Android invades living rooms with Google TV

Google shows off its attempt to let people watch both the TV on the web and use the web on TV, although it is only currently available for US audiences

Google has introduced Google TV, the first non-mobile application of its Android operating system.

The platform lets people watch television shows alongside internet video, overlaying live video with the user interface on a standard domestic TV screen. It also provides a way of running applications and interacting with the internet using a standard browser, using wireless keyboards and mice as input devices

Google TV was unveiled at the Google I/O developer conference in San Francisco on Thursday, with partners Intel, Adobe, Sony and Logitech all taking part in the announcement.

Televisions, Blu-ray players and set-top boxes with Google TV technology built in will go on sale in the US in autumn, Google said in a blog post.

Asked about availability in Britain, a spokesperson for the company was more circumspect. "As usual, we expect to make Google TV available in due course in other countries, but our plans currently only extend to the US," the spokesperson told ZDNet UK.

Running Android 2.1 and the Chrome browser, Google TV includes search across TV schedules and the web, programme planning and the ability to download apps from the Android Market store.

Google said that the Google TV software development kit (SDK) and web APIs for TV will be released "soon after launch" so that developers can create and distribute apps via the Android storefront. The source code for the platform will be made available to all in the summer of 2011, the company told ZDNet UK.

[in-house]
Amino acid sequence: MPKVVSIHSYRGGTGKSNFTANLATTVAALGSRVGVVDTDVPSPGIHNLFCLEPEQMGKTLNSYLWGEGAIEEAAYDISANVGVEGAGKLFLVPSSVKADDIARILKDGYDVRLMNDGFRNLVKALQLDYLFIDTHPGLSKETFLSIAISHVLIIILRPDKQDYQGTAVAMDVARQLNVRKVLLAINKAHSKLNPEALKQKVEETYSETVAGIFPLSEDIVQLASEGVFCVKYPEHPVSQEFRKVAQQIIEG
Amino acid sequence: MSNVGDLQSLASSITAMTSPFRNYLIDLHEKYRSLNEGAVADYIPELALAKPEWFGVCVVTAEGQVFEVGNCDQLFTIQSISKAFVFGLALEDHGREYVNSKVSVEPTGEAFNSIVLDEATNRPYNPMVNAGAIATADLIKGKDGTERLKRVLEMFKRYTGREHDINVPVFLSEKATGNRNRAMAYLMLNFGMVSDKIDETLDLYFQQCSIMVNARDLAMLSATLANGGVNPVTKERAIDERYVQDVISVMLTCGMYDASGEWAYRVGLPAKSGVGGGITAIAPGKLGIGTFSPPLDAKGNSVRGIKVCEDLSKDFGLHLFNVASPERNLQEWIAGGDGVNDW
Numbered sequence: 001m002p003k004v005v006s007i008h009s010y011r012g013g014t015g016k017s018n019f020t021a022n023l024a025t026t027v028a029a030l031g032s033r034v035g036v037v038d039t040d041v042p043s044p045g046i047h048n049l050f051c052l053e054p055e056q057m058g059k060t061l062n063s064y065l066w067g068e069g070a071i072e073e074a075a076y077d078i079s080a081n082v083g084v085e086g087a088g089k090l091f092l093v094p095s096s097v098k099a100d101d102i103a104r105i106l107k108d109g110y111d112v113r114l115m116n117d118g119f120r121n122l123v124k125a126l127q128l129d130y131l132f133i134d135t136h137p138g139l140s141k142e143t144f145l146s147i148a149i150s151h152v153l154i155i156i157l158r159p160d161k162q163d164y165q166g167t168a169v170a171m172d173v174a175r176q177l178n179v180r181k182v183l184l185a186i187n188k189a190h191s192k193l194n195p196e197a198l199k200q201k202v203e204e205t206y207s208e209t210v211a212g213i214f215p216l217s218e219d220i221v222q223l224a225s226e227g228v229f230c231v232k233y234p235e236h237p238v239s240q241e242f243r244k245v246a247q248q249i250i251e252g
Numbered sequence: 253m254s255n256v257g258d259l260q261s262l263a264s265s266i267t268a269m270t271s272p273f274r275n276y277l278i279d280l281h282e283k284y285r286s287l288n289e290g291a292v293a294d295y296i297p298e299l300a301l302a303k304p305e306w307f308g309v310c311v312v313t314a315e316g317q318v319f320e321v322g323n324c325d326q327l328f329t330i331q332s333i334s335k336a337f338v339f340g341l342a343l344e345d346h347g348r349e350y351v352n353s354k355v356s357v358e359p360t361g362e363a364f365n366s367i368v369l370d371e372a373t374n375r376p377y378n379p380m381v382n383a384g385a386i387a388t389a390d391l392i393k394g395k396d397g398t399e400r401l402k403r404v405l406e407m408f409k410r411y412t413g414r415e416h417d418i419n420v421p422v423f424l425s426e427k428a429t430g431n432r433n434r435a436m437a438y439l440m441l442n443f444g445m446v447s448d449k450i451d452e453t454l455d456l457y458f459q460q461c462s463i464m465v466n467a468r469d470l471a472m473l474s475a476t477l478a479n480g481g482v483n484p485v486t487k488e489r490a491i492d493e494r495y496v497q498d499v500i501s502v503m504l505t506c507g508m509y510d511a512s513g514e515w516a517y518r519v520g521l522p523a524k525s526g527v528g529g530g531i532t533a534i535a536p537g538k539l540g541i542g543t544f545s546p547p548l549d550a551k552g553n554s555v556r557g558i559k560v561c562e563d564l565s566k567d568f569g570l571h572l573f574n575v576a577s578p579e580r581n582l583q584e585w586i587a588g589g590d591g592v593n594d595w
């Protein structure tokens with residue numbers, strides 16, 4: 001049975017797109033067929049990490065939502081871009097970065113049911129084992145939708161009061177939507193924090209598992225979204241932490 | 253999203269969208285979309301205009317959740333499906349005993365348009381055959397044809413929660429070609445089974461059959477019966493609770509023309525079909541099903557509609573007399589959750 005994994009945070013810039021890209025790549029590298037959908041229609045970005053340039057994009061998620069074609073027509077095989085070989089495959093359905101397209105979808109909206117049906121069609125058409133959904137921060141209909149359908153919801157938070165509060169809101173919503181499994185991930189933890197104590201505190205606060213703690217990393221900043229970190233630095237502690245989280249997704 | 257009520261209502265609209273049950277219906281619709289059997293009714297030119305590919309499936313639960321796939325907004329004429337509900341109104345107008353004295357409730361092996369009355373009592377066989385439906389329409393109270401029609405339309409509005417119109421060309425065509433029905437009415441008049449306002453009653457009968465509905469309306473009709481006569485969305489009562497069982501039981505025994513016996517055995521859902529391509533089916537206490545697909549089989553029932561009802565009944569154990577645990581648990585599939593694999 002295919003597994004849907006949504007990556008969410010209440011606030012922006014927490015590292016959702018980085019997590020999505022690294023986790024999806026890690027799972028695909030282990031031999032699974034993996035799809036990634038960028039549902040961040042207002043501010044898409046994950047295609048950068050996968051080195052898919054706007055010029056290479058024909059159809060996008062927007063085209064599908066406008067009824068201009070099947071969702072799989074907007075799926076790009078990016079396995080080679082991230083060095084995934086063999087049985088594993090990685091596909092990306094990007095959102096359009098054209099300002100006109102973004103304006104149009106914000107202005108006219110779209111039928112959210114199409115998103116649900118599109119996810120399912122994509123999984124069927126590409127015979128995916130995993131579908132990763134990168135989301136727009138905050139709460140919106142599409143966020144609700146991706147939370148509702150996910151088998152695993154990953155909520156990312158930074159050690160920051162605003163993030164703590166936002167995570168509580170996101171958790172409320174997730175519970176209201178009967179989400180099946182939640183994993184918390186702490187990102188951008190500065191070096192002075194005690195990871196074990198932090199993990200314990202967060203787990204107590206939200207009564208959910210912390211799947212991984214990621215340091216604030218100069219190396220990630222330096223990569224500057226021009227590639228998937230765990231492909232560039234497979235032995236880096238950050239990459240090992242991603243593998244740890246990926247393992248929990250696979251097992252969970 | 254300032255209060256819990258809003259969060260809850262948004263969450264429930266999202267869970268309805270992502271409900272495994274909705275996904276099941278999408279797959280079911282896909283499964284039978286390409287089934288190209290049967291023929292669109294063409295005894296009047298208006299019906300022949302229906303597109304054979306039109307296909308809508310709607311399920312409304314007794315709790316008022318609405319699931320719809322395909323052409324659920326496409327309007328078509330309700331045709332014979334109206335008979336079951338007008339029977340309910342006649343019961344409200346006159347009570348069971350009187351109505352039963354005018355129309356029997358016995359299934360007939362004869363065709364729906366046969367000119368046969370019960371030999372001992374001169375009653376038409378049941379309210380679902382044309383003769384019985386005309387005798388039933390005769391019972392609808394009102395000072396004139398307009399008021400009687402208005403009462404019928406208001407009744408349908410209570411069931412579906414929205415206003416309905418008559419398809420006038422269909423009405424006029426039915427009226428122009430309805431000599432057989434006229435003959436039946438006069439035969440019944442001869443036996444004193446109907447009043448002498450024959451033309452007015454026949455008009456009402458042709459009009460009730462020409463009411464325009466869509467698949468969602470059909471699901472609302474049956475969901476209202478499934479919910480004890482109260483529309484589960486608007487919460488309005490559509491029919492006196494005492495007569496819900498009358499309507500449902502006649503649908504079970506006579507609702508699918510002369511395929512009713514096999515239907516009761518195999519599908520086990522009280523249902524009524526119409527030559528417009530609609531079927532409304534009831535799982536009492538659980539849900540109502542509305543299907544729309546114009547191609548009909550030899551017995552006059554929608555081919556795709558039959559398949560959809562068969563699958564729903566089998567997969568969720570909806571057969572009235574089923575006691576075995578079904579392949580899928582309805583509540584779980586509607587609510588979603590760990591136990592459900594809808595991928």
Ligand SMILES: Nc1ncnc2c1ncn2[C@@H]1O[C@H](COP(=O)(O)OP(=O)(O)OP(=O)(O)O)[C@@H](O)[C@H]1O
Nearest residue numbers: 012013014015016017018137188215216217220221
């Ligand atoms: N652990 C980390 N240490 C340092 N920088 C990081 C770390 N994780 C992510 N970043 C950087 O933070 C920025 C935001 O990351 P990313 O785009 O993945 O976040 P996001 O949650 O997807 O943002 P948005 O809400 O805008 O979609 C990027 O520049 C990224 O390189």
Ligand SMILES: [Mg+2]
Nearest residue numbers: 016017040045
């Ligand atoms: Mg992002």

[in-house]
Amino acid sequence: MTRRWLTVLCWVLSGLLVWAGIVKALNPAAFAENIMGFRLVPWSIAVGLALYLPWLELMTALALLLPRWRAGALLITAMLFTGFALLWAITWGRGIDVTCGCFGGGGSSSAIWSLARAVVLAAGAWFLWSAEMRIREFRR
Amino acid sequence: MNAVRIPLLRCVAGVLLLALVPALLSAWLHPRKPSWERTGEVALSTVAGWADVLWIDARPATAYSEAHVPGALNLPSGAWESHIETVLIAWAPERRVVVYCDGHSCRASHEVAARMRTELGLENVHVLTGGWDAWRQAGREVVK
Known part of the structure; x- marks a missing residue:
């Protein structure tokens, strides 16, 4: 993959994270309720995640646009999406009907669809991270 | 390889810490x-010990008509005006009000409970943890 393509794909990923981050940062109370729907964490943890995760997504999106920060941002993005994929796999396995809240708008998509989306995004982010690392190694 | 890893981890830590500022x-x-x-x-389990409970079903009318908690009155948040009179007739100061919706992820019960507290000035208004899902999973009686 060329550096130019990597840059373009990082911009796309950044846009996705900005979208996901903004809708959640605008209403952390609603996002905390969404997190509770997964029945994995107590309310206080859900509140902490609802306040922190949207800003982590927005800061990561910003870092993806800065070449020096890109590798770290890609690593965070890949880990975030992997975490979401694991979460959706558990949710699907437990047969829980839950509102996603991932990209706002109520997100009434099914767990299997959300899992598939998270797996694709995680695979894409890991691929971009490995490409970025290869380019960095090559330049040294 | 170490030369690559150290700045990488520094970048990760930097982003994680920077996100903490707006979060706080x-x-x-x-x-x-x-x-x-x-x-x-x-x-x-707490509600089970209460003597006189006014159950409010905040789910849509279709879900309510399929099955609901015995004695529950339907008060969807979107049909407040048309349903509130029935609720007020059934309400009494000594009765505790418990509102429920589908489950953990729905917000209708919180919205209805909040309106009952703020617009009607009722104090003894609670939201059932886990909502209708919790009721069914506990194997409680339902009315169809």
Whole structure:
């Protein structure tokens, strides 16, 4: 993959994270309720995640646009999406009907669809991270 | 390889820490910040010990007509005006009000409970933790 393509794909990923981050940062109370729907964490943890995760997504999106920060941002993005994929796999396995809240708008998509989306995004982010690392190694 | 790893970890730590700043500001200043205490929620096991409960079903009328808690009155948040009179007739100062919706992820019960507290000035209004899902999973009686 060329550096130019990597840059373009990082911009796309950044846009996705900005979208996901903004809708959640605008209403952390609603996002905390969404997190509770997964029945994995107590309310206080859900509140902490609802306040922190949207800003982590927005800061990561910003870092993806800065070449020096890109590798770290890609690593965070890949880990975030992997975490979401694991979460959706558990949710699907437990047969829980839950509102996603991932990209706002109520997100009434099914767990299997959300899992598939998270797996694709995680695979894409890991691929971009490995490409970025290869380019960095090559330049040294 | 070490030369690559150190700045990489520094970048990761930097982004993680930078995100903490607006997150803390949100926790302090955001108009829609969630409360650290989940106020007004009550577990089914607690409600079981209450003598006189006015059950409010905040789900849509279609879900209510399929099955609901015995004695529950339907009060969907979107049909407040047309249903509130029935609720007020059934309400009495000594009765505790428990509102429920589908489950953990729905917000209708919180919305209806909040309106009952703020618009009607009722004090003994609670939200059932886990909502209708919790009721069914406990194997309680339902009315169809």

Google, Sony and Intel have previously been linked to a potential TV project. Samsung has also said it is looking at "a Google TV", but the hardware maker was not represented at the I/O conference.

Sony will produce the first complete Google TV, while Logitech is set to build a set-top box to plug into existing TVs. Logitech also plans to produce an HDTV camera for video chat on Google TV, as well as remote control software for smartphones.

The Sony and Logitech products are both based on Intel's CE4100 Atom SoC processor. The chip combines an Atom core with 3D and HD video accelerators, encryption and security, and various forms of audio and video I/O. It has hardware support for H.264 video decoding, among other codecs. However, it does not directly support VP8, the video component of Google's own WebM media standard. Likewise, it has hardware for digital audio in MP3, AAC and WMA formats but not in Theora, WebM's audio codec.

Sony's TV will be available in the US towards the end of the year, where Logitech's box is "expected in autumn 2010", according to a Logitech spokesperson. "We will start to see developments in the UK from 2011," the spokesperson told ZDNet UK.

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